Texas Living

Protecting Tomatoes

By Kolby Paxton 6.19.17

Crisp, juicy, vibrant tomatoes straight off the vine and warm weather go hand in hand — but, from seedling to robust and red, the tomato can be a fickle fruit.

Unwanted critters seem to be waiting in the wings, with appetites that would be impressive were the remnants of their feast not so frustrating. Not to fear, however. These suggestions will help preserve your crop until the fruits of your labor are ripe enough to become fruits on your plate.

For the Birds …

Birds are beautiful and oftentimes charming additions to our backyards — but, not so much when they’re in our gardens. It can be challenging to keep our winged neighbors off of our fruits and veggies; particularly when it comes to tomatoes.

Often, a bird is simply in search of tomato juice. For starters, try installing a birdbath to quench their thirst. You can also try adding a bird feeder — and maybe even a sacrificial plant, such as sunflowers — in hopes of further distracting them from the off-limits plants.

Keep Out

Of course, in the event that your distraction tactics are unsuccessful, chicken wire or netting of any sort is typically effective in eliminating your bird problem. Just make sure to completely cover your plants and avoid tomato cages and other protection with large holes as small animals can get stuck in it and potentially injure themselves. Reflective tape, tinfoil, and old DVDs are also great bird deterrents, thanks to a general fear of light and reflection.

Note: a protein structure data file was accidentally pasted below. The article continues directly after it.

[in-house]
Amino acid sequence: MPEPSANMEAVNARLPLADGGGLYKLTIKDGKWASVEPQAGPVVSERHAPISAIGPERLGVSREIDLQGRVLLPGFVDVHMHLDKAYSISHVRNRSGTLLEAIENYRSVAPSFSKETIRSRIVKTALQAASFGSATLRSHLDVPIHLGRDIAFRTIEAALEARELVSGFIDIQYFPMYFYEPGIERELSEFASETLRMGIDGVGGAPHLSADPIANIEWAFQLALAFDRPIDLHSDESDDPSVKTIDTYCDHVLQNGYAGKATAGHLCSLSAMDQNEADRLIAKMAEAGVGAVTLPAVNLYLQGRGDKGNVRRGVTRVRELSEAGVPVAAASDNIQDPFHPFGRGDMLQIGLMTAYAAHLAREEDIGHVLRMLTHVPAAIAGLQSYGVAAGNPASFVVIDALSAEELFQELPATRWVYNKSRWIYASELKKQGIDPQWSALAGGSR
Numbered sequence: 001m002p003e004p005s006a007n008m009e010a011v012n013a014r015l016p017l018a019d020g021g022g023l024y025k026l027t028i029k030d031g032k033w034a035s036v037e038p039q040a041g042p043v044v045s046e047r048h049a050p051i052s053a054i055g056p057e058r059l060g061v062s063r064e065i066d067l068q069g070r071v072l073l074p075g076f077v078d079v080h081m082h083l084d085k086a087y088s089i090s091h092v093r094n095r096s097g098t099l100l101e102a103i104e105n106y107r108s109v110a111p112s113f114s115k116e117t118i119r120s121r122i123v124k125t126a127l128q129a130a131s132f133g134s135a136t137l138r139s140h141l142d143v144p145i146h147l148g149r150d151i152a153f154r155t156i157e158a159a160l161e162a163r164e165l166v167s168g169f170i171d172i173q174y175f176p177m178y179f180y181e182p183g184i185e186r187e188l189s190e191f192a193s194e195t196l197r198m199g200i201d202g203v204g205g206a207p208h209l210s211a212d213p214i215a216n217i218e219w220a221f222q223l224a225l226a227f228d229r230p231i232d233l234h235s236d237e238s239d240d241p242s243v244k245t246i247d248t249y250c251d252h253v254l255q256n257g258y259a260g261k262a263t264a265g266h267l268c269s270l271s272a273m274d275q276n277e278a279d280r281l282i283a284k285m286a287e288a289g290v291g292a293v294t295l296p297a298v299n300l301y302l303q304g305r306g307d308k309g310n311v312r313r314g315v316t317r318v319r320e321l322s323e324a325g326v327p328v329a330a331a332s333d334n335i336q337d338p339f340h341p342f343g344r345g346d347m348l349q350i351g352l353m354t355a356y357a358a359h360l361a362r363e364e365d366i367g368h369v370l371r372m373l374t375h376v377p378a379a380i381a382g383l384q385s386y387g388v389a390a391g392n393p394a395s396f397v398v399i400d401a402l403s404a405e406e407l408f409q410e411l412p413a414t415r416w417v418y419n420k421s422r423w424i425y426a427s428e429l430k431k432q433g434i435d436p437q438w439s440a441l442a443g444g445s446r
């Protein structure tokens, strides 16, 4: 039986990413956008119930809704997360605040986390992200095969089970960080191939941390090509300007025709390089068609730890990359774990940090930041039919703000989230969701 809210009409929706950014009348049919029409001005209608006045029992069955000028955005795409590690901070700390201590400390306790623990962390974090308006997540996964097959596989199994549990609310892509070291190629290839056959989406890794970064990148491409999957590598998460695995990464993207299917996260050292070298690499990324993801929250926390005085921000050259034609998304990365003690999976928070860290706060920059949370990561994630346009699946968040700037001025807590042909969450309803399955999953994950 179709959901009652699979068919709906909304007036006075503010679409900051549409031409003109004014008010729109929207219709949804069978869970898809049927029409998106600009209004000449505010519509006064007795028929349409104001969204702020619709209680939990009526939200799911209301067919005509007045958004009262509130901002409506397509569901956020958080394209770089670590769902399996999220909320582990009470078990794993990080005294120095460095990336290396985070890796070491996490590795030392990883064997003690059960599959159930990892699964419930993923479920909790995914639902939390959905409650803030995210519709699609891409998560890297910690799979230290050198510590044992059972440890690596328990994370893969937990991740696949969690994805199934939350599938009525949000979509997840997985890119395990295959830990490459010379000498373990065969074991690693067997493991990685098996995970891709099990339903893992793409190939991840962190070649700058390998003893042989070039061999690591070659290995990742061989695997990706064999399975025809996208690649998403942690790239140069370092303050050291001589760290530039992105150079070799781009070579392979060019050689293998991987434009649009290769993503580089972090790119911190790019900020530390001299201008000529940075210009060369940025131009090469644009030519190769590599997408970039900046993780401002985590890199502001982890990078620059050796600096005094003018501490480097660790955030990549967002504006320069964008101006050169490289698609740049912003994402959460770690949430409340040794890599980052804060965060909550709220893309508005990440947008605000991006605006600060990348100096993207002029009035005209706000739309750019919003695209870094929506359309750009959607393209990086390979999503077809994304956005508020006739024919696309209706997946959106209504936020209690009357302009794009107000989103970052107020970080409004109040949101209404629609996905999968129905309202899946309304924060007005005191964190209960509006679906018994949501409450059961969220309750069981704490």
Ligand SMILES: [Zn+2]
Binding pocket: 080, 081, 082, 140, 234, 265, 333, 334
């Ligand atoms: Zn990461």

That said, a net that will keep birds away won’t necessarily do the trick in the battle against insects. For that, you’ll need to really take your approach to the next level with …

Soap or an Upside-Down Laundry Hamper

That’s right. An inexpensive mesh laundry hamper is often perfect for allowing the sunlight in, while holding the pests at bay. Just make sure to anchor each corner of the basket, or risk having a garden full of empty laundry baskets and a bunch of half-eaten tomatoes.

You can also mix up a homemade bug repellant for your tomatoes using just water, soap, and vegetable oil.

From raccoons to the family dog, the animals on your land may also be in hot pursuit of a tomato — and the aforementioned solutions may not be much of a deterrent. In that case …

Raise Your Beds

… or simply grow your tomatoes in pots. Beds over a foot from the ground become increasingly difficult for rabbits and other small animals to break into. Meanwhile, growing tomatoes in pots poses a similar line of defense, while also allowing you to move the plant virtually anywhere you’d like.

Finally, should the rabbits, raccoons, dogs, birds, and insects all conspire against your pursuit of endless BLTs, we have one final suggestion.

The Upside-Down Planter

For a great defense against critters, consider making a DIY upside-down tomato planter. All you need is a five-gallon bucket, a drill to make a hole with, and some way to hang it (hook, etc.). Check out the full instructions here.

For even more summer gardening tips, check out our guide to heat-resistant blooms that will keep your garden vibrant — no matter the temperature.

© 2017 Texas Farm Bureau Insurance